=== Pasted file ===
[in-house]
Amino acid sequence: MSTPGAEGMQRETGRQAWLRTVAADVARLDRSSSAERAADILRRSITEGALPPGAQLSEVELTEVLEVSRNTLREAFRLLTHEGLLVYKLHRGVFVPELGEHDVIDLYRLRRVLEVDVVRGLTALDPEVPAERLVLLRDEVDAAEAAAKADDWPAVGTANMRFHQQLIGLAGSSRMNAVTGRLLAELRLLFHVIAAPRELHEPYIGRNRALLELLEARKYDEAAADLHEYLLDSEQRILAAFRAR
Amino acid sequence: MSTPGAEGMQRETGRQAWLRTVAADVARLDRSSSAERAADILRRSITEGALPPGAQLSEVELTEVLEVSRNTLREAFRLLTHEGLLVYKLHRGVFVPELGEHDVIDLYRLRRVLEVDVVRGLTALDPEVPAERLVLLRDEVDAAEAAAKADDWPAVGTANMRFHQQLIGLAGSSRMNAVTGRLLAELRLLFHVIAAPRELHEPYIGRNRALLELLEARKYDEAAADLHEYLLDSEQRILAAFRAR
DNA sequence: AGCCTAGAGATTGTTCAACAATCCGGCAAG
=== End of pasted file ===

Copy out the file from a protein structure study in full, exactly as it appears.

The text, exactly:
[in-house]
Amino acid sequence: MSTPGAEGMQRETGRQAWLRTVAADVARLDRSSSAERAADILRRSITEGALPPGAQLSEVELTEVLEVSRNTLREAFRLLTHEGLLVYKLHRGVFVPELGEHDVIDLYRLRRVLEVDVVRGLTALDPEVPAERLVLLRDEVDAAEAAAKADDWPAVGTANMRFHQQLIGLAGSSRMNAVTGRLLAELRLLFHVIAAPRELHEPYIGRNRALLELLEARKYDEAAADLHEYLLDSEQRILAAFRAR
Amino acid sequence: MSTPGAEGMQRETGRQAWLRTVAADVARLDRSSSAERAADILRRSITEGALPPGAQLSEVELTEVLEVSRNTLREAFRLLTHEGLLVYKLHRGVFVPELGEHDVIDLYRLRRVLEVDVVRGLTALDPEVPAERLVLLRDEVDAAEAAAKADDWPAVGTANMRFHQQLIGLAGSSRMNAVTGRLLAELRLLFHVIAAPRELHEPYIGRNRALLELLEARKYDEAAADLHEYLLDSEQRILAAFRAR
DNA sequence: AGCCTAGAGATTGTTCAACAATCCGGCAAG